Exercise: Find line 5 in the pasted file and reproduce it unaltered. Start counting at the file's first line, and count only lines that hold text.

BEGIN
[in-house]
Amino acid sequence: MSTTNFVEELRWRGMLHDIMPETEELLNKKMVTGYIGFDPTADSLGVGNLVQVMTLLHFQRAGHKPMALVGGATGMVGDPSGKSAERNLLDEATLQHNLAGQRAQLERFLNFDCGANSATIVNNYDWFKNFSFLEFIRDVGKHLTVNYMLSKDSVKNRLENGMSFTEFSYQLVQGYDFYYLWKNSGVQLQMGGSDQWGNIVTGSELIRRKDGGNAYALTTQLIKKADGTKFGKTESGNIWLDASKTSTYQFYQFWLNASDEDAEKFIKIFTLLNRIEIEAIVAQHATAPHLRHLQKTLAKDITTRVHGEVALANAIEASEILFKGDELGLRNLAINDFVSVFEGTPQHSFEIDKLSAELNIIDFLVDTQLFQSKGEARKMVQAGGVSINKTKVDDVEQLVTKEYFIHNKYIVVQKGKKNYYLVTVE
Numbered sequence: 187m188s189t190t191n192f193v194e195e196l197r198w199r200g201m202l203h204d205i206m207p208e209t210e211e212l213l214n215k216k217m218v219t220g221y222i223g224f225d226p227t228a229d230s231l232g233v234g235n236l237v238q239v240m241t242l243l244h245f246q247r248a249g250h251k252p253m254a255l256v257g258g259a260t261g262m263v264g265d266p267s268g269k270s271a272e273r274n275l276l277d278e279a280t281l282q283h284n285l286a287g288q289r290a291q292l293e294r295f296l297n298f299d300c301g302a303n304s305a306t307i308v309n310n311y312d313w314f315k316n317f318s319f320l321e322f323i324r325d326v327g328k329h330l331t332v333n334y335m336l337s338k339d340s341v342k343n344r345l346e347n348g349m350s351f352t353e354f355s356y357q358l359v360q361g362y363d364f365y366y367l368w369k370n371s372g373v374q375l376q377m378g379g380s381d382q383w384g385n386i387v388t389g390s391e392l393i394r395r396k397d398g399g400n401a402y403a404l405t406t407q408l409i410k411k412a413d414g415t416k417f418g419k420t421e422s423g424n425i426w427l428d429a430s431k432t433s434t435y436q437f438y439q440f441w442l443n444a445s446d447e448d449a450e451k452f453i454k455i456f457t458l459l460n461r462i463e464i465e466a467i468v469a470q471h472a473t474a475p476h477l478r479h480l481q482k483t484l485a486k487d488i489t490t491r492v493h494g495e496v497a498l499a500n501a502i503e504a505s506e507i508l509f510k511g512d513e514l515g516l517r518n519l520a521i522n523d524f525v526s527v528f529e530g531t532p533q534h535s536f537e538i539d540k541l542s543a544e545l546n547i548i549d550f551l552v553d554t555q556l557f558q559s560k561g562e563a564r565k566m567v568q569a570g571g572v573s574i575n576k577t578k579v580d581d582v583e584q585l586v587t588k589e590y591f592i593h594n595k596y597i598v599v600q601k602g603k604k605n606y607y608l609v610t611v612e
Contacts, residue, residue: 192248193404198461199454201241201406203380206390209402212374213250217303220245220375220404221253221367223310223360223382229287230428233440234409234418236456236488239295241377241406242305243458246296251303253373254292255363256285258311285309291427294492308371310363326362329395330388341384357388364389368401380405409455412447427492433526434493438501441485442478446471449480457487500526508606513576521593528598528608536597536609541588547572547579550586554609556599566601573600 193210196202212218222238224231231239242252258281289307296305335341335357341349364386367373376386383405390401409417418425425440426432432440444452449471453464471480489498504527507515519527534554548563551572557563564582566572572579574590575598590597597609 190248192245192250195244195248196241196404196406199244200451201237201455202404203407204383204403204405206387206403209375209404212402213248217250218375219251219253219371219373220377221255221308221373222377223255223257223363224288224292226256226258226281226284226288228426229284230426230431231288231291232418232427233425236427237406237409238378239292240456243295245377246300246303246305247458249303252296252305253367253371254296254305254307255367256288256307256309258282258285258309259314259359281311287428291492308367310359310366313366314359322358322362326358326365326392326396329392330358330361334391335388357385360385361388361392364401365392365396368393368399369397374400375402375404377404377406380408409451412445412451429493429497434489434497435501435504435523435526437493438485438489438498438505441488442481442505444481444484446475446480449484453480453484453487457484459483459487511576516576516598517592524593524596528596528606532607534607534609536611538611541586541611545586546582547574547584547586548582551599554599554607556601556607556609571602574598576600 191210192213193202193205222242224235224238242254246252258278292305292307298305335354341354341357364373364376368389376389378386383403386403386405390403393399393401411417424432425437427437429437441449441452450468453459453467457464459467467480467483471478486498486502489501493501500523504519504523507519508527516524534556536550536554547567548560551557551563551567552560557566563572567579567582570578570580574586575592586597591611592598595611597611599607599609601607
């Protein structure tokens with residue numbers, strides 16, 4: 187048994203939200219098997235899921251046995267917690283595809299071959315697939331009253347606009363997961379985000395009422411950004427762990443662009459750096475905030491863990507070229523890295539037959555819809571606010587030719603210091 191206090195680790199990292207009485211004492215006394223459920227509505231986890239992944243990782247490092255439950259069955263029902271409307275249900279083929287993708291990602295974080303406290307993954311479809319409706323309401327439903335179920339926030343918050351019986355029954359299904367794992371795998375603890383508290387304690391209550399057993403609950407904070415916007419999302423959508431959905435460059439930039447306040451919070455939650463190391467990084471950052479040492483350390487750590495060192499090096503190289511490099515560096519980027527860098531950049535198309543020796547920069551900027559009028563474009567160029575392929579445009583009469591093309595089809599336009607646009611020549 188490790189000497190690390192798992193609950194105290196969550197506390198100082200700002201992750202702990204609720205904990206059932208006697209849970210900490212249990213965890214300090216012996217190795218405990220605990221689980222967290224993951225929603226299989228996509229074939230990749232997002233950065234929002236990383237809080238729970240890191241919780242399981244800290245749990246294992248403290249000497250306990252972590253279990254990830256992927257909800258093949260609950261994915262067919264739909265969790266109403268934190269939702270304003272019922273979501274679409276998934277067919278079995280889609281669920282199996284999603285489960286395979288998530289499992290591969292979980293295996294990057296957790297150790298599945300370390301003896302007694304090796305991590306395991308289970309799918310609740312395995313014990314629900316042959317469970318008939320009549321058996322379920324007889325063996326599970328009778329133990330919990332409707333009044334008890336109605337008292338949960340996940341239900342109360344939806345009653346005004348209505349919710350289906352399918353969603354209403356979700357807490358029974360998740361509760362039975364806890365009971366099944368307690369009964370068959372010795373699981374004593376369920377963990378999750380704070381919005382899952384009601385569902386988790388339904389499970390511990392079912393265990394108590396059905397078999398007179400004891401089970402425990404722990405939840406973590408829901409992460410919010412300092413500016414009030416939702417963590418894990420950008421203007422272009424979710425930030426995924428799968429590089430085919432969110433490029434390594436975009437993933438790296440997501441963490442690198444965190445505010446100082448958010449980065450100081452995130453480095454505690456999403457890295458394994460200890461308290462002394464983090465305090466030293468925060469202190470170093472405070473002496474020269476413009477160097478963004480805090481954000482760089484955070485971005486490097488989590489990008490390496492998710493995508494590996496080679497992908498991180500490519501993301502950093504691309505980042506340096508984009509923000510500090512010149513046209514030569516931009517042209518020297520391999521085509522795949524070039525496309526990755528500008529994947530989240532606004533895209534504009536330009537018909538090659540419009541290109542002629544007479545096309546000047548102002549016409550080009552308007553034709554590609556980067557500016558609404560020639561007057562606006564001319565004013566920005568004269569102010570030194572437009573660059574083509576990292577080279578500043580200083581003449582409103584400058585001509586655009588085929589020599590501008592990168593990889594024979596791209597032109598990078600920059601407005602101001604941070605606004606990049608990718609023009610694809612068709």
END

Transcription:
């Protein structure tokens with residue numbers, strides 16, 4: 187048994203939200219098997235899921251046995267917690283595809299071959315697939331009253347606009363997961379985000395009422411950004427762990443662009459750096475905030491863990507070229523890295539037959555819809571606010587030719603210091 191206090195680790199990292207009485211004492215006394223459920227509505231986890239992944243990782247490092255439950259069955263029902271409307275249900279083929287993708291990602295974080303406290307993954311479809319409706323309401327439903335179920339926030343918050351019986355029954359299904367794992371795998375603890383508290387304690391209550399057993403609950407904070415916007419999302423959508431959905435460059439930039447306040451919070455939650463190391467990084471950052479040492483350390487750590495060192499090096503190289511490099515560096519980027527860098531950049535198309543020796547920069551900027559009028563474009567160029575392929579445009583009469591093309595089809599336009607646009611020549 188490790189000497190690390192798992193609950194105290196969550197506390198100082200700002201992750202702990204609720205904990206059932208006697209849970210900490212249990213965890214300090216012996217190795218405990220605990221689980222967290224993951225929603226299989228996509229074939230990749232997002233950065234929002236990383237809080238729970240890191241919780242399981244800290245749990246294992248403290249000497250306990252972590253279990254990830256992927257909800258093949260609950261994915262067919264739909265969790266109403268934190269939702270304003272019922273979501274679409276998934277067919278079995280889609281669920282199996284999603285489960286395979288998530289499992290591969292979980293295996294990057296957790297150790298599945300370390301003896302007694304090796305991590306395991308289970309799918310609740312395995313014990314629900316042959317469970318008939320009549321058996322379920324007889325063996326599970328009778329133990330919990332409707333009044334008890336109605337008292338949960340996940341239900342109360344939806345009653346005004348209505349919710350289906352399918353969603354209403356979700357807490358029974360998740361509760362039975364806890365009971366099944368307690369009964370068959372010795373699981374004593376369920377963990378999750380704070381919005382899952384009601385569902386988790388339904389499970390511990392079912393265990394108590396059905397078999398007179400004891401089970402425990404722990405939840406973590408829901409992460410919010412300092413500016414009030416939702417963590418894990420950008421203007422272009424979710425930030426995924428799968429590089430085919432969110433490029434390594436975009437993933438790296440997501441963490442690198444965190445505010446100082448958010449980065450100081452995130453480095454505690456999403457890295458394994460200890461308290462002394464983090465305090466030293468925060469202190470170093472405070473002496474020269476413009477160097478963004480805090481954000482760089484955070485971005486490097488989590489990008490390496492998710493995508494590996496080679497992908498991180500490519501993301502950093504691309505980042506340096508984009509923000510500090512010149513046209514030569516931009517042209518020297520391999521085509522795949524070039525496309526990755528500008529994947530989240532606004533895209534504009536330009537018909538090659540419009541290109542002629544007479545096309546000047548102002549016409550080009552308007553034709554590609556980067557500016558609404560020639561007057562606006564001319565004013566920005568004269569102010570030194572437009573660059574083509576990292577080279578500043580200083581003449582409103584400058585001509586655009588085929589020599590501008592990168593990889594024979596791209597032109598990078600920059601407005602101001604941070605606004606990049608990718609023009610694809612068709």